“Furnished Fluid” by the Japanese artist Akira Wakita is all about airflows along of furniture from the 20th century. “W. W. Stool” (1990) by the French designer Philippe Starck is represented as well as the Big Easy chair (1991) of the British industrial designer Ron Arad, or the “Hill House 1” (1902) by the Scottish designer Charles Rennie Mackintosh. The 3D models of the design classics provide a basis for the visualization. Then a software that was developed for this purpose dynamically renders particles’ movements and colors along edges and corners. The project is currently on view in the exhibition “Elements of Art and Science” at the Ars Electronica Center in Linz. Akira Wakita talks about why he engages in making the invisible visible.
You are visualizing phenomena that are not visible to the naked eye. What’s so exciting about air flows?
Akira Wakita: Since I was a child, I had vaguely felt that the phenomenon that I see and the entity of it would be different. It also means that this is the spirit of Zen, which gave me an idyllic feeling as a Japanese. When visualizing airflows, I get the results as I had expected but also against the odds. The dramatic behavior of latter results stirs my heart.
“I get attracted to the visualization process because I feel like there is an answer to my idyllic question since childhood on the extent.” Akira Wakita
Why did you choose 20th century industrial design chairs for your artistic work?
Akira Wakita: I am interested in new interpretation of product design by the power of science. I pay attention to unintentional value or meaning in the product than what designers has aimed in the beginning of design phase. The evaluation of industrial design is determined by beauty, texture, mass productivity, and the ability to reuse. I thought that by introducing the post process of computation to the evaluation creates a new interpretation. From this perspective, I chose the chair as an icon for industrial artefact. At the same time, finding out that many chairs also function to tune and adjust the airflows was much more meaningful to me.
Credit: Martin Hieslmair
There might be much more around us we cannot see or feel – is there anything you want to discover next?
Akira Wakita: I want to beautifully visualize the pressure propagation through the air. Shock wave and sonic boom are famous phenomena, which occurs when airplanes exceed sound speed. Not only in that kind of extreme environment, I’m sure that pressures propagate through the air to continuously create complex and refined pattern in our everyday environment. The pressure field occurring right around us is the target for my next piece.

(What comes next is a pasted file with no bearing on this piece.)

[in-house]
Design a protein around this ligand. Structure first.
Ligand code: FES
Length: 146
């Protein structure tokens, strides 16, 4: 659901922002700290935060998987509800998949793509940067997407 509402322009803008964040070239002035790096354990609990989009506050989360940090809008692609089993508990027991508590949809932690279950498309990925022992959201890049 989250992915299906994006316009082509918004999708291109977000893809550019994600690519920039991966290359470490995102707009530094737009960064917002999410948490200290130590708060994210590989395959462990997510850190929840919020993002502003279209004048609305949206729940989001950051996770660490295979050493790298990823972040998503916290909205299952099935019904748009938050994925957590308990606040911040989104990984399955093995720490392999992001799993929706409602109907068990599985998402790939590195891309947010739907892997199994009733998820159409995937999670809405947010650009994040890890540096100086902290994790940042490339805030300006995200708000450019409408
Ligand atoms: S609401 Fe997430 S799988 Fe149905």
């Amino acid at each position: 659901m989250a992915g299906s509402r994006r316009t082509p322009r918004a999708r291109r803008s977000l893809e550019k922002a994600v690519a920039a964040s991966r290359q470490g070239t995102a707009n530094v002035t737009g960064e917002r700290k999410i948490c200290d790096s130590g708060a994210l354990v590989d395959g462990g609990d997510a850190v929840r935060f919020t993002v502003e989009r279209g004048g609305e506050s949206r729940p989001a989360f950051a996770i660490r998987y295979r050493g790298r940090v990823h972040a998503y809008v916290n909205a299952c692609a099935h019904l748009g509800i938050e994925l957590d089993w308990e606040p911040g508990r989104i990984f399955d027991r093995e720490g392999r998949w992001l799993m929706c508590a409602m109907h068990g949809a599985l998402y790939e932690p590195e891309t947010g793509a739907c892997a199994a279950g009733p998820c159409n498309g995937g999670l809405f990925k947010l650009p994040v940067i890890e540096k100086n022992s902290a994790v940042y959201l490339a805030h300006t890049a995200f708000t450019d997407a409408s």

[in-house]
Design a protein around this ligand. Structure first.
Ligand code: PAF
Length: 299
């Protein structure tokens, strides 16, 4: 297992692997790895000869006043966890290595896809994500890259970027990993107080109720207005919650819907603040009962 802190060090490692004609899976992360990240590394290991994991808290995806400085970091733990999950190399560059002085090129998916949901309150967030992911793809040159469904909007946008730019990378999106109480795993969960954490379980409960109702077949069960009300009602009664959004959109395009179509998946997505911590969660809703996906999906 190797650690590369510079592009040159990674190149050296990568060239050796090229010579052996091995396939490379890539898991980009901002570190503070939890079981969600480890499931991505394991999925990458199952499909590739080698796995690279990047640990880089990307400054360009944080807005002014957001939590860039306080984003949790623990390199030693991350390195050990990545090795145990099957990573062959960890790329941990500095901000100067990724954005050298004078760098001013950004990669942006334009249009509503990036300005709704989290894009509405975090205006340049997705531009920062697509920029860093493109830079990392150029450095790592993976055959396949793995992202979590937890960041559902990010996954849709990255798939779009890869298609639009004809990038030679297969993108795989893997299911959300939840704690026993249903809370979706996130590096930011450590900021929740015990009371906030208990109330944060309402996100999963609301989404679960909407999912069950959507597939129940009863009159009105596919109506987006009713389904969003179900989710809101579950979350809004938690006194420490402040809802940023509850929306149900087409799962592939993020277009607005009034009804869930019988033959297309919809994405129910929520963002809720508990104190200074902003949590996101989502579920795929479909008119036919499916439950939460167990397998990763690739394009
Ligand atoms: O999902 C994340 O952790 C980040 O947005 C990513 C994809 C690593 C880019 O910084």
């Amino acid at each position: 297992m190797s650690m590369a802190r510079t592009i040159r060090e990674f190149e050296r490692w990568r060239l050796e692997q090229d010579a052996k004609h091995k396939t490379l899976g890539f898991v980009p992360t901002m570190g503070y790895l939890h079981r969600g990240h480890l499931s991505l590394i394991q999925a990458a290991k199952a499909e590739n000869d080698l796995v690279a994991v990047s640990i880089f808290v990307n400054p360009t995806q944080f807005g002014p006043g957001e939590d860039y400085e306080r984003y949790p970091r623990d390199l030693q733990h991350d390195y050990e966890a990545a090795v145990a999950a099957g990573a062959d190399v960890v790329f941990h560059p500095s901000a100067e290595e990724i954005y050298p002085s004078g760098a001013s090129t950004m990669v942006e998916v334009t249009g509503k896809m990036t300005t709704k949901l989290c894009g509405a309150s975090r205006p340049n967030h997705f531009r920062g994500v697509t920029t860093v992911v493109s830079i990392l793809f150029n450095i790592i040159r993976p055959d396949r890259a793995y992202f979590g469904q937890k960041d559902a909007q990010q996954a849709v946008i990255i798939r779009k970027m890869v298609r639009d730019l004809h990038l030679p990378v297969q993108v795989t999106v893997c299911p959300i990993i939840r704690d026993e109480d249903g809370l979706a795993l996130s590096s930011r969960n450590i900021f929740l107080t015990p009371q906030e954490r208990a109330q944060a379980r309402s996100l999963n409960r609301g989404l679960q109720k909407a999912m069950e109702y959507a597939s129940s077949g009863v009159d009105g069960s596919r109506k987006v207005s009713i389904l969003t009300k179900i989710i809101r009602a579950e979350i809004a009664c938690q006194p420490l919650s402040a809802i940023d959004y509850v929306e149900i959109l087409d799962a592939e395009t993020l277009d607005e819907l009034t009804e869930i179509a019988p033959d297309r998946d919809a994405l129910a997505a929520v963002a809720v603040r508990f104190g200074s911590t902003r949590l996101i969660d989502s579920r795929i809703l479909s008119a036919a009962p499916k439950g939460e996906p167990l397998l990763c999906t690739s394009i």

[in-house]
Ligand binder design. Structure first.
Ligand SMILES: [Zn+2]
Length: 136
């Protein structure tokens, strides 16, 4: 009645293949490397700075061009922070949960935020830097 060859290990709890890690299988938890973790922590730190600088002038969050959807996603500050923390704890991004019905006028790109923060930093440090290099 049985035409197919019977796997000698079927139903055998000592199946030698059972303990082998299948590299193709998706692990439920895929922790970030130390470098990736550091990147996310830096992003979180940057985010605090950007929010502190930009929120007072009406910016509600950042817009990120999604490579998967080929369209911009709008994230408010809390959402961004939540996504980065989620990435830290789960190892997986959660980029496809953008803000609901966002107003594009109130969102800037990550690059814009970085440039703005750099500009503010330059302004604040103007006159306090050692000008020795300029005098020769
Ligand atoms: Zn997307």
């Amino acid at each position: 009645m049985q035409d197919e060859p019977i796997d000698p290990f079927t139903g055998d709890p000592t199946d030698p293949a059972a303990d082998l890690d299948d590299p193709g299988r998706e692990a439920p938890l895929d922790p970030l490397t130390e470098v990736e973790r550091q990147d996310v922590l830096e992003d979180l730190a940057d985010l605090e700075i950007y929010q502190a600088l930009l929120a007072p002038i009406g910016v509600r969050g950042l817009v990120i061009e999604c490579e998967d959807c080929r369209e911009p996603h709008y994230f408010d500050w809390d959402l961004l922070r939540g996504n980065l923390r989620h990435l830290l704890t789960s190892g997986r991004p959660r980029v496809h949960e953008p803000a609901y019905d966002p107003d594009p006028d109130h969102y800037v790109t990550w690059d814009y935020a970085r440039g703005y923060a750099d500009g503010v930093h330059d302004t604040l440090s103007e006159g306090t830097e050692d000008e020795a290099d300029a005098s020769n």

What’s your understanding of the connecting between art and science?
Akira Wakita: I think that science is a language to break down and understand this world such as maps, glasses and windows. Therefore, the perception of the world by science is significantly important for all of us and we should enjoy that privilege. However most of the scientific knowledge is for experts since they are archived in difficult forms like academic papers, which becomes an obstacle for public to understand. In that sense art plays an important role as a media for people to easily connect science and their lives.
Akira Wakita conducted studies regarding the theme of “physicality,” focusing on real time images produced by physical simulation on one hand and materials that can control colors on the other hand. In recent years, he developed original software based on fluid-dynamic and thermodynamic models, striving for visualization across science and art. In 2014, he was appointed as a professor in the Faculty of Environment and Information Studies at the Keio University in Japan.
The exhibition “Elements of Art and Science” at the Ars Electronica Center Linz with Akira Wakitas work runs until summer 2016. Learn more about the exhibition on ars.electronica.art/center